All of grandma’s behaviour still has me wondering what she was like as a child… was she spoiled because she was the only girl? Her father was her favourite and she told my mom that she and her mother didn’t get along well when she was young. Again I wish my great-grandmother was still here to ask. Again I wish that I was a wiser thirteen-year-old and could have thought to ask then. But at thirteen you don’t think of the adults around you getting older. You don’t think of them falling apart like this… especially grandma as nobody else in the family had Alzheimer’s.
So I find myself in a dilemma, wondering what to do. My mom can’t keep going through this and my mom can’t keep making excuses. Bladder infection or not, I don’t care. This behaviour is hiding beneath the surface and with each infection she has, it seems to take another chunk out of her brain.
The new home opens tomorrow for admissions and I so wish that she’d be one of the ones going.
My mom didn’t send her to the day program today because of the bruises she has. She almost fell twice going through the sliding doors so has bruises from hitting her arms on the door frame, then later she hit my mom who, in turn, reached out and grabbed her hands to stop her from doing it again. Grandma’s skin is so thin that she bruises that easily and my mom didn’t want them to think she was abusing her… they’d know by now if that was the case, she’s been going for a couple of months now with no marks. Sometimes s**t happens and most medical staff (I being one of them) know that.
But it’s so hard to day-by-day watch her recede into the unknown… to become someone we don’t recognize and vice versa.
It’s incredibly sad and nobody will do anything to help.
Posted in Uncategorized | Tagged abuse, Alzheimer's, anger, another infection, behaviour, bladder infection, caregiver stress, CCAC, excuses, falls, lack of recall, lack of understanding, recede | Leave a Comment »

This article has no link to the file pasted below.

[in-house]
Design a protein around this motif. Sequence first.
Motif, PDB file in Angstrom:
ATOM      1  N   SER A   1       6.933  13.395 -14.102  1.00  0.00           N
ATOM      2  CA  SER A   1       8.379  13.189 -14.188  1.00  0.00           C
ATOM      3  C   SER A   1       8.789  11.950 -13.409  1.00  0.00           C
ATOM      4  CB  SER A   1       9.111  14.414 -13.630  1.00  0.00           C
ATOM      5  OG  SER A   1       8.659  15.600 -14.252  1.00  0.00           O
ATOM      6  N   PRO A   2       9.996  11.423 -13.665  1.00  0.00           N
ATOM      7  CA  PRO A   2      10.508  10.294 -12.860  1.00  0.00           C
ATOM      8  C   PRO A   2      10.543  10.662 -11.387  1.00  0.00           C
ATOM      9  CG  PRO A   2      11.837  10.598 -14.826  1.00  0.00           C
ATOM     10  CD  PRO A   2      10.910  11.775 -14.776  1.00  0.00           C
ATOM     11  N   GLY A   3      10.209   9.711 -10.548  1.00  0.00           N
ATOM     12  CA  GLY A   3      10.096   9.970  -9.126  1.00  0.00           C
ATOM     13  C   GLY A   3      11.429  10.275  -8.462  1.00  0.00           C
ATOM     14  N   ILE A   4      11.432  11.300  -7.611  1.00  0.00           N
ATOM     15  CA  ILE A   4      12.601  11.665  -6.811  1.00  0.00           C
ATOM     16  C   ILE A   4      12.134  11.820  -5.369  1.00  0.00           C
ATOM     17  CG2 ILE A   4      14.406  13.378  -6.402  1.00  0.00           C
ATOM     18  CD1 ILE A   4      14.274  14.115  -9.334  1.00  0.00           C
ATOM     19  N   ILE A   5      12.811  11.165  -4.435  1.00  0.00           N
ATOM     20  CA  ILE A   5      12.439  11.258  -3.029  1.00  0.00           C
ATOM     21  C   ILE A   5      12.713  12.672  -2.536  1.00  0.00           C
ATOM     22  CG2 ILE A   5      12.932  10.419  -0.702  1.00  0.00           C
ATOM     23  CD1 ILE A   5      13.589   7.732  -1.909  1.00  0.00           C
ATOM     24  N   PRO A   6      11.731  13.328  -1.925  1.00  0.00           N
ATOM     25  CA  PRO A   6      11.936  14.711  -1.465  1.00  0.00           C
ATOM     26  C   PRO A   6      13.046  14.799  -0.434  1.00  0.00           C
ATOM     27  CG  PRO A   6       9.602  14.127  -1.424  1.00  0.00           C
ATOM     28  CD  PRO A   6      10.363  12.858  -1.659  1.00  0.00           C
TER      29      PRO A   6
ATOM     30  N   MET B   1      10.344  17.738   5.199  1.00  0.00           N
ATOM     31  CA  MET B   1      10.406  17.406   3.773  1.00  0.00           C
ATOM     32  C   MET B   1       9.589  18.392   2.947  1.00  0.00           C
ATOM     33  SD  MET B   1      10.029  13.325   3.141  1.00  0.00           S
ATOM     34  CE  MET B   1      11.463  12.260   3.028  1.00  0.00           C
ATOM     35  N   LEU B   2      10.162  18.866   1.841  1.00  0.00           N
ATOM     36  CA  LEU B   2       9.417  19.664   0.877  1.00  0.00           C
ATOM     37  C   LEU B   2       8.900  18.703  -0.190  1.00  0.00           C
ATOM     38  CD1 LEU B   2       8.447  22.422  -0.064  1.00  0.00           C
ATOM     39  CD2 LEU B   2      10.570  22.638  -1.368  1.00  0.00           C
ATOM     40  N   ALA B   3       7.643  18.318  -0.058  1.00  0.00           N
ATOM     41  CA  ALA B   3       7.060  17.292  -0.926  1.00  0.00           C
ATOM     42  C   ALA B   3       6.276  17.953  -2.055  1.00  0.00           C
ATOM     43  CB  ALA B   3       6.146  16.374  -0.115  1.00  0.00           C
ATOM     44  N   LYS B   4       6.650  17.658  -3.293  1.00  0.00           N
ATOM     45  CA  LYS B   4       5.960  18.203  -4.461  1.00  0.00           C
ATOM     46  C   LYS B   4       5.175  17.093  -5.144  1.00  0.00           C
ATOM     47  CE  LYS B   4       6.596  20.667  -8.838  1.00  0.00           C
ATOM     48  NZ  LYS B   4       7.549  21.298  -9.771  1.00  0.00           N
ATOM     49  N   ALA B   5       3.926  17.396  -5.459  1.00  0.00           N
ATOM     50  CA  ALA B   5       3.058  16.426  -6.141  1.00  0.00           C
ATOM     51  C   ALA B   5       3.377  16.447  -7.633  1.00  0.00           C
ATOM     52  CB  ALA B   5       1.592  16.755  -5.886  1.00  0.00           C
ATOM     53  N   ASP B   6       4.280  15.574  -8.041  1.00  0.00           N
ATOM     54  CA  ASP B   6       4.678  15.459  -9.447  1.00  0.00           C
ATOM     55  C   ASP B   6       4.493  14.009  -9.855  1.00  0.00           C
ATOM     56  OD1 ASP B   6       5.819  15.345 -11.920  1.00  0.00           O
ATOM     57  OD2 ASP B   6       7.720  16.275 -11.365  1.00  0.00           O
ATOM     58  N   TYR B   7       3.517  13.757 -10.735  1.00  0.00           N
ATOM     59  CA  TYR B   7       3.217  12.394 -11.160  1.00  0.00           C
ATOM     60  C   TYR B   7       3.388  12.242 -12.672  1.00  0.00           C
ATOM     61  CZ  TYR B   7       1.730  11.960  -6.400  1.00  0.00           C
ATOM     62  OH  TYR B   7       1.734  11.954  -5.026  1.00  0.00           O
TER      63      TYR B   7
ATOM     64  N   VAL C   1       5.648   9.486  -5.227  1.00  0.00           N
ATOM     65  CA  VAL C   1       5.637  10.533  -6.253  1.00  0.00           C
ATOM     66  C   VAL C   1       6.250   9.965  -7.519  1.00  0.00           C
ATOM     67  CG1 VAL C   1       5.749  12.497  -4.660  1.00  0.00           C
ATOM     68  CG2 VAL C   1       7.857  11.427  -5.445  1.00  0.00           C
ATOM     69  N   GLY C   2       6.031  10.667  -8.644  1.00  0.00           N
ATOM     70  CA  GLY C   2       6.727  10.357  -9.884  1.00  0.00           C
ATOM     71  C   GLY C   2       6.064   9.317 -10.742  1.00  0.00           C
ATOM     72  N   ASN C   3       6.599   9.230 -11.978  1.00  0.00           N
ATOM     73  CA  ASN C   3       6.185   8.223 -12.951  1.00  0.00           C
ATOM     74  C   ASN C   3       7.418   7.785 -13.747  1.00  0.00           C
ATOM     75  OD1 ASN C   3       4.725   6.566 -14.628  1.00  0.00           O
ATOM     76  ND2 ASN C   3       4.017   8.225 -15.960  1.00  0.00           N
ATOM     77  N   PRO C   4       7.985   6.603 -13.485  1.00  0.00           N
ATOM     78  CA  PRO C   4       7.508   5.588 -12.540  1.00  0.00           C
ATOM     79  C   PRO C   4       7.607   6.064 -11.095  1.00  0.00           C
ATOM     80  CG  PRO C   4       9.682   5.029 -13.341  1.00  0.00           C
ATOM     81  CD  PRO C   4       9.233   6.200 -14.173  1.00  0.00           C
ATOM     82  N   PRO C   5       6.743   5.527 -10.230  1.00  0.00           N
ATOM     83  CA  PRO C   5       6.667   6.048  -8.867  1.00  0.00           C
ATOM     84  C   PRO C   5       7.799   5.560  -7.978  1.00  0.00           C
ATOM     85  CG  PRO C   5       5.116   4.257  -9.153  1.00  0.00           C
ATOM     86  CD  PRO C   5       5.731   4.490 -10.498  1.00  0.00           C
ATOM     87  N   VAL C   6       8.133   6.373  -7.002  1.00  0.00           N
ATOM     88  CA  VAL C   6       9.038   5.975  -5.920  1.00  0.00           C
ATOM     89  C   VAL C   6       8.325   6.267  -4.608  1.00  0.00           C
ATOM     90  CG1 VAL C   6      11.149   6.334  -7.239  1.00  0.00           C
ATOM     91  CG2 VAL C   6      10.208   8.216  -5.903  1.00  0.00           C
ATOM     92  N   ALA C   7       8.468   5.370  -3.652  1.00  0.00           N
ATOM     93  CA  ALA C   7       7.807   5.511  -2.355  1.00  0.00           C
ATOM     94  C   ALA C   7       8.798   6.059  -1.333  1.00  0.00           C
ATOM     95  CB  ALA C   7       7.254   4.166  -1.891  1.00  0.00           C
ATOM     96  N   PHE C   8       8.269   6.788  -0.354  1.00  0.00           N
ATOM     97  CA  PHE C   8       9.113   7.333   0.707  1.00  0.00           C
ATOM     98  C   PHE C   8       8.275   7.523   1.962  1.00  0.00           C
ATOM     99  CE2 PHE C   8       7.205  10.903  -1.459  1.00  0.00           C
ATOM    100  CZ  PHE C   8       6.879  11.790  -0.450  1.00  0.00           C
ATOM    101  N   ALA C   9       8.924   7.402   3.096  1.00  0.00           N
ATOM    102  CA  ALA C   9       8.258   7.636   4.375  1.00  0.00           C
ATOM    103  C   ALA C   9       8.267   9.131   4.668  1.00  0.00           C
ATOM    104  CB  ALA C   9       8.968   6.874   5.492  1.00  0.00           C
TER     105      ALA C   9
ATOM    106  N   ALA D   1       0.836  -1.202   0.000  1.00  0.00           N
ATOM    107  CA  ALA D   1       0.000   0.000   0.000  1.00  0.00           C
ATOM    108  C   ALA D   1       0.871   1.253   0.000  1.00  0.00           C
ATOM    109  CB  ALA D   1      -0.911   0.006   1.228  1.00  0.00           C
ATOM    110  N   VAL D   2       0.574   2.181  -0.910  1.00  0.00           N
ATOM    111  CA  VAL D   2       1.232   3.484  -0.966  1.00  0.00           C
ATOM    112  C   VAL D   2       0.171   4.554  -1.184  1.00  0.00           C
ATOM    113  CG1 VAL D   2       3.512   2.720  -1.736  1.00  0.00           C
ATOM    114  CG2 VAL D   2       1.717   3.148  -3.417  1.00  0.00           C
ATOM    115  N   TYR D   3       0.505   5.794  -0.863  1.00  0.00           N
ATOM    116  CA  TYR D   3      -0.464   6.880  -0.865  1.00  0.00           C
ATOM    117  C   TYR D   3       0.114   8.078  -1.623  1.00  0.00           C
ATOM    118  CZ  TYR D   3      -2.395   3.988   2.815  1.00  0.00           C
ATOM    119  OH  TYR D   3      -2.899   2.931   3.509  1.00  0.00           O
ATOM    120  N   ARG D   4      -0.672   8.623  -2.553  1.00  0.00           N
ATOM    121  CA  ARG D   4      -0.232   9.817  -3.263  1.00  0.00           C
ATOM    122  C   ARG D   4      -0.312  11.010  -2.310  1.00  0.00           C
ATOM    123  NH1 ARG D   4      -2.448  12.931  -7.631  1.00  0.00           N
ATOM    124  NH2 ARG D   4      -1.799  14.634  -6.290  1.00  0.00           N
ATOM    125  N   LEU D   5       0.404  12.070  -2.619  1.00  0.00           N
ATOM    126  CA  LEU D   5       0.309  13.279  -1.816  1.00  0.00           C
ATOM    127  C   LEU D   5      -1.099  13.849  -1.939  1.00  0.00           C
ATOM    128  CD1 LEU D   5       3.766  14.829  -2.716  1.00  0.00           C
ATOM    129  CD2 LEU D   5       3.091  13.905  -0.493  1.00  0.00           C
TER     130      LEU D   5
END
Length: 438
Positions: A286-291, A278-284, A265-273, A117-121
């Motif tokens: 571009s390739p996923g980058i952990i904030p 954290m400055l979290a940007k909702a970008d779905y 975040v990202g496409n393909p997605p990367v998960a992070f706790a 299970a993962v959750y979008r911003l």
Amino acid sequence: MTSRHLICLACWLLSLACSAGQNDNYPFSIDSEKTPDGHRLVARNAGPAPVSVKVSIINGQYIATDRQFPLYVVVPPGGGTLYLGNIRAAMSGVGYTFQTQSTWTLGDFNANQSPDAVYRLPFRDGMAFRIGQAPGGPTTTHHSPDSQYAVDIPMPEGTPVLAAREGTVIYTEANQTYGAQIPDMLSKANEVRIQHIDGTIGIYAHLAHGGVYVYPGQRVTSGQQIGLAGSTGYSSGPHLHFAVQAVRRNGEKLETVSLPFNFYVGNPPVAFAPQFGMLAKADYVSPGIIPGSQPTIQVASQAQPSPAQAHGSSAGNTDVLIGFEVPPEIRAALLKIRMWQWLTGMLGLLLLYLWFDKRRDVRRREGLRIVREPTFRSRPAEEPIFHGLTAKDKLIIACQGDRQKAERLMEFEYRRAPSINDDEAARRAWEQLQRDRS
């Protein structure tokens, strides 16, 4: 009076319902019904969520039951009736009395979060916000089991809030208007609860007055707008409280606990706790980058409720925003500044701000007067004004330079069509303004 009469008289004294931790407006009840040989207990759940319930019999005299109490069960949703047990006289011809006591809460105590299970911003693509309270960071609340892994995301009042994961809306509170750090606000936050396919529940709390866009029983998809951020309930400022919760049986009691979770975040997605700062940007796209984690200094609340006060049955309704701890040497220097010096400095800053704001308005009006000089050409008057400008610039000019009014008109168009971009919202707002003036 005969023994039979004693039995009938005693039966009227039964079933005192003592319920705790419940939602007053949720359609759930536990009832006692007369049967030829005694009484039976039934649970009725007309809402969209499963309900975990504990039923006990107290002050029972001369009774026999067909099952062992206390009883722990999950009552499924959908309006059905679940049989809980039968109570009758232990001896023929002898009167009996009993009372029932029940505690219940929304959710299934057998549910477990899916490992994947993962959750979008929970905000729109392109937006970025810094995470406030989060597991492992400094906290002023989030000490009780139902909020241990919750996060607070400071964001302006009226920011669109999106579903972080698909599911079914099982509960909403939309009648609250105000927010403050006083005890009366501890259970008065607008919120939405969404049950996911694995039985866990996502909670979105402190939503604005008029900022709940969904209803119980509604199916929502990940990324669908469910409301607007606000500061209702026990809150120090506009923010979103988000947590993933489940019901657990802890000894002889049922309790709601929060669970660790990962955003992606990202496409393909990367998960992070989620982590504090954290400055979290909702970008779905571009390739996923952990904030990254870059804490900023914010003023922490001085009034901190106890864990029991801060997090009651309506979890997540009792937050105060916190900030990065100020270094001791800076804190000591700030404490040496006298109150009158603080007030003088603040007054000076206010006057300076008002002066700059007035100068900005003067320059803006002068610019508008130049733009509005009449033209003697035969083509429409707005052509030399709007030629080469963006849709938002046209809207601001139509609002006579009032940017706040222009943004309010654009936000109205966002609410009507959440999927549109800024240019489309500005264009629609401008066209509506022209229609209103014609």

It’s been a while, again, I know!
There’s always so much to tell but yet so little.
Grandma had another bladder infection which sent her off the rails even more than usual. The not-so-unusual but unusual-to-us that came of that was that she doesn’t seem to have come back around, it’s like it fried another part of her brain.
She has been wanting to leave, again. So Thursday evening my dad suggested that we let her leave; follow her, but let her go out the door. So when grandma said she was going to head home my mom just said “whatever, go, goodbye” and grandma proceeded to walk out the door. My dad slipped his shoes on and headed out after her, staying a bit of a distance behind. I have to add in here that she is extremely poor on her feet.
It was about the time for my daughter and I to leave anyway so we got into our SUV and followed behind while my mom got into theirs and did the same.
I ended up passing the situation and she did pretty good until she was about a small block and a half away from the house when she stopped the first time at one of those phone/cable boxes that appear here and there on people’s boulevards. My dad ducked behind a tree at the last minute as grandma leaned on this thing trying to catch her breath and looking around. A moment or two later she was off again but staggering quite badly. I had gone ahead and turned around initially and come back, meeting mom on the other side of the street who was concerned grandma was going to fall and break a hip… an unfortunate possibility and one that would not actually teach grandma a lesson.